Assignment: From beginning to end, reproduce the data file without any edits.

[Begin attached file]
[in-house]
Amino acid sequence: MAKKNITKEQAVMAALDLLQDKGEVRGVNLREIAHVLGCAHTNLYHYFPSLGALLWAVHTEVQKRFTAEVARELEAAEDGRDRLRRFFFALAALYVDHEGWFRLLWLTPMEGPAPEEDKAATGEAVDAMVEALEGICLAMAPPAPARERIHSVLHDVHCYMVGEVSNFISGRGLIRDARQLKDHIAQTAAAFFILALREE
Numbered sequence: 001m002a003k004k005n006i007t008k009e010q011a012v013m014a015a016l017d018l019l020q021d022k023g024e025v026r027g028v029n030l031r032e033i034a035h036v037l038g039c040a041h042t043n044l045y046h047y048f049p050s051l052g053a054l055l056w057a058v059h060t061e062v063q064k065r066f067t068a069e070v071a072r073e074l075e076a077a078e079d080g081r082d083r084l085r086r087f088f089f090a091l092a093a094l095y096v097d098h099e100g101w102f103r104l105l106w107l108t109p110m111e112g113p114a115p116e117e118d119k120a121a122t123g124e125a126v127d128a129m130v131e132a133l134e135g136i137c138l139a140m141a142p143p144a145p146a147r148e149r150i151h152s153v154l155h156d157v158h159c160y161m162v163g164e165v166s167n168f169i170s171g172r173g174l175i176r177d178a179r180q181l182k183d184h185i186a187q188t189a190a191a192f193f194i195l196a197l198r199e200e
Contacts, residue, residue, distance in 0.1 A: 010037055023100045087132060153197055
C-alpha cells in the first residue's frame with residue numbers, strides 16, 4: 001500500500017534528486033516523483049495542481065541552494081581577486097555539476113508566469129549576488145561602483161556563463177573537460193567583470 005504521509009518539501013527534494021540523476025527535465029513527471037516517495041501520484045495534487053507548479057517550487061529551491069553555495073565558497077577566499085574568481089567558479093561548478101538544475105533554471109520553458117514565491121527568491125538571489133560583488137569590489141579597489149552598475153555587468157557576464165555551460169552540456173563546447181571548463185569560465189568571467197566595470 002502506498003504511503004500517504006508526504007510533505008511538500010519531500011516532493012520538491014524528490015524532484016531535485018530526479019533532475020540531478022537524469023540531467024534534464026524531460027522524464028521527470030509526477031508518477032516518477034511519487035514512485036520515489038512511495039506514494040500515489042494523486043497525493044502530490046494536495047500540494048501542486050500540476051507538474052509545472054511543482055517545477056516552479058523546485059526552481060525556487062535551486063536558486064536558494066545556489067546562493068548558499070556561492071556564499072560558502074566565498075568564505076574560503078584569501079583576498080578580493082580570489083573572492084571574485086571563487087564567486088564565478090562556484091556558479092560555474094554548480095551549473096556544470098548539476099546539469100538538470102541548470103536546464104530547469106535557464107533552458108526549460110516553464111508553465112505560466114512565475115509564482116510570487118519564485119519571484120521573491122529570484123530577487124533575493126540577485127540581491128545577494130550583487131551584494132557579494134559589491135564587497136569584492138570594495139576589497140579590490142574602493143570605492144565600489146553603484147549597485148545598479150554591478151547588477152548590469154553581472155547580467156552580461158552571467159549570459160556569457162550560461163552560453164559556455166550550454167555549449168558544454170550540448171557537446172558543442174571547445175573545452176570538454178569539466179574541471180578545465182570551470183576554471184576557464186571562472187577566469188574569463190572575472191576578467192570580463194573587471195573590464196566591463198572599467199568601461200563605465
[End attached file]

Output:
[in-house]
Amino acid sequence: MAKKNITKEQAVMAALDLLQDKGEVRGVNLREIAHVLGCAHTNLYHYFPSLGALLWAVHTEVQKRFTAEVARELEAAEDGRDRLRRFFFALAALYVDHEGWFRLLWLTPMEGPAPEEDKAATGEAVDAMVEALEGICLAMAPPAPARERIHSVLHDVHCYMVGEVSNFISGRGLIRDARQLKDHIAQTAAAFFILALREE
Numbered sequence: 001m002a003k004k005n006i007t008k009e010q011a012v013m014a015a016l017d018l019l020q021d022k023g024e025v026r027g028v029n030l031r032e033i034a035h036v037l038g039c040a041h042t043n044l045y046h047y048f049p050s051l052g053a054l055l056w057a058v059h060t061e062v063q064k065r066f067t068a069e070v071a072r073e074l075e076a077a078e079d080g081r082d083r084l085r086r087f088f089f090a091l092a093a094l095y096v097d098h099e100g101w102f103r104l105l106w107l108t109p110m111e112g113p114a115p116e117e118d119k120a121a122t123g124e125a126v127d128a129m130v131e132a133l134e135g136i137c138l139a140m141a142p143p144a145p146a147r148e149r150i151h152s153v154l155h156d157v158h159c160y161m162v163g164e165v166s167n168f169i170s171g172r173g174l175i176r177d178a179r180q181l182k183d184h185i186a187q188t189a190a191a192f193f194i195l196a197l198r199e200e
Contacts, residue, residue, distance in 0.1 A: 010037055023100045087132060153197055
C-alpha cells in the first residue's frame with residue numbers, strides 16, 4: 001500500500017534528486033516523483049495542481065541552494081581577486097555539476113508566469129549576488145561602483161556563463177573537460193567583470 005504521509009518539501013527534494021540523476025527535465029513527471037516517495041501520484045495534487053507548479057517550487061529551491069553555495073565558497077577566499085574568481089567558479093561548478101538544475105533554471109520553458117514565491121527568491125538571489133560583488137569590489141579597489149552598475153555587468157557576464165555551460169552540456173563546447181571548463185569560465189568571467197566595470 002502506498003504511503004500517504006508526504007510533505008511538500010519531500011516532493012520538491014524528490015524532484016531535485018530526479019533532475020540531478022537524469023540531467024534534464026524531460027522524464028521527470030509526477031508518477032516518477034511519487035514512485036520515489038512511495039506514494040500515489042494523486043497525493044502530490046494536495047500540494048501542486050500540476051507538474052509545472054511543482055517545477056516552479058523546485059526552481060525556487062535551486063536558486064536558494066545556489067546562493068548558499070556561492071556564499072560558502074566565498075568564505076574560503078584569501079583576498080578580493082580570489083573572492084571574485086571563487087564567486088564565478090562556484091556558479092560555474094554548480095551549473096556544470098548539476099546539469100538538470102541548470103536546464104530547469106535557464107533552458108526549460110516553464111508553465112505560466114512565475115509564482116510570487118519564485119519571484120521573491122529570484123530577487124533575493126540577485127540581491128545577494130550583487131551584494132557579494134559589491135564587497136569584492138570594495139576589497140579590490142574602493143570605492144565600489146553603484147549597485148545598479150554591478151547588477152548590469154553581472155547580467156552580461158552571467159549570459160556569457162550560461163552560453164559556455166550550454167555549449168558544454170550540448171557537446172558543442174571547445175573545452176570538454178569539466179574541471180578545465182570551470183576554471184576557464186571562472187577566469188574569463190572575472191576578467192570580463194573587471195573590464196566591463198572599467199568601461200563605465